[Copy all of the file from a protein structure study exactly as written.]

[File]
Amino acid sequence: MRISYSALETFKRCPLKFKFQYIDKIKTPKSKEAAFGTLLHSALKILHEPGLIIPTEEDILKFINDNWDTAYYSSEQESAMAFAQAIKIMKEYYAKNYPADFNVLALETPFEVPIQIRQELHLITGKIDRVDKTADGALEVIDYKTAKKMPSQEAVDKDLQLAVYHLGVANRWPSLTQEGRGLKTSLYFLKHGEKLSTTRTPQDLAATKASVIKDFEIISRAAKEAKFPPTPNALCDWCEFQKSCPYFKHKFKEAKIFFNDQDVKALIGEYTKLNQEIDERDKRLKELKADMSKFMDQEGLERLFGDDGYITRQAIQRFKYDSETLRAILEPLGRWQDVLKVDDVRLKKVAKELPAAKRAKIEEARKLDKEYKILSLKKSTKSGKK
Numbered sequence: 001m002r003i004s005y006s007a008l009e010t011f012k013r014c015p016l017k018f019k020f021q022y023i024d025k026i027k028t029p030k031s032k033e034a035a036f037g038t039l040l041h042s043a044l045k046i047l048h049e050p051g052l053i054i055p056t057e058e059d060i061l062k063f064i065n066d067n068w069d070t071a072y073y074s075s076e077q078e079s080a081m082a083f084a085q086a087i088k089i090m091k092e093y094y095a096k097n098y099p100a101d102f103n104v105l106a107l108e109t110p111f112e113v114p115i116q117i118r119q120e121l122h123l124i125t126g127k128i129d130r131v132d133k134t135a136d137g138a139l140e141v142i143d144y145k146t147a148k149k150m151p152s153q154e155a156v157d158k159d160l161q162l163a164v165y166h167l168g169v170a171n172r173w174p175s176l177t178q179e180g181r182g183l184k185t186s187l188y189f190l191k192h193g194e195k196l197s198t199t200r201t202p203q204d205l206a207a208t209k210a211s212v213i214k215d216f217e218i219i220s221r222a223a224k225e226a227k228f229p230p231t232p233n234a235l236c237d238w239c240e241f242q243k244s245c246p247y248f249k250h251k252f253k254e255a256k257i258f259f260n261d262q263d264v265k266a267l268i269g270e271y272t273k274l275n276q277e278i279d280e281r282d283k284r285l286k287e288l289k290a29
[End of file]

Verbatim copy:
Amino acid sequence: MRISYSALETFKRCPLKFKFQYIDKIKTPKSKEAAFGTLLHSALKILHEPGLIIPTEEDILKFINDNWDTAYYSSEQESAMAFAQAIKIMKEYYAKNYPADFNVLALETPFEVPIQIRQELHLITGKIDRVDKTADGALEVIDYKTAKKMPSQEAVDKDLQLAVYHLGVANRWPSLTQEGRGLKTSLYFLKHGEKLSTTRTPQDLAATKASVIKDFEIISRAAKEAKFPPTPNALCDWCEFQKSCPYFKHKFKEAKIFFNDQDVKALIGEYTKLNQEIDERDKRLKELKADMSKFMDQEGLERLFGDDGYITRQAIQRFKYDSETLRAILEPLGRWQDVLKVDDVRLKKVAKELPAAKRAKIEEARKLDKEYKILSLKKSTKSGKK
Numbered sequence: 001m002r003i004s005y006s007a008l009e010t011f012k013r014c015p016l017k018f019k020f021q022y023i024d025k026i027k028t029p030k031s032k033e034a035a036f037g038t039l040l041h042s043a044l045k046i047l048h049e050p051g052l053i054i055p056t057e058e059d060i061l062k063f064i065n066d067n068w069d070t071a072y073y074s075s076e077q078e079s080a081m082a083f084a085q086a087i088k089i090m091k092e093y094y095a096k097n098y099p100a101d102f103n104v105l106a107l108e109t110p111f112e113v114p115i116q117i118r119q120e121l122h123l124i125t126g127k128i129d130r131v132d133k134t135a136d137g138a139l140e141v142i143d144y145k146t147a148k149k150m151p152s153q154e155a156v157d158k159d160l161q162l163a164v165y166h167l168g169v170a171n172r173w174p175s176l177t178q179e180g181r182g183l184k185t186s187l188y189f190l191k192h193g194e195k196l197s198t199t200r201t202p203q204d205l206a207a208t209k210a211s212v213i214k215d216f217e218i219i220s221r222a223a224k225e226a227k228f229p230p231t232p233n234a235l236c237d238w239c240e241f242q243k244s245c246p247y248f249k250h251k252f253k254e255a256k257i258f259f260n261d262q263d264v265k266a267l268i269g270e271y272t273k274l275n276q277e278i279d280e281r282d283k284r285l286k287e288l289k290a29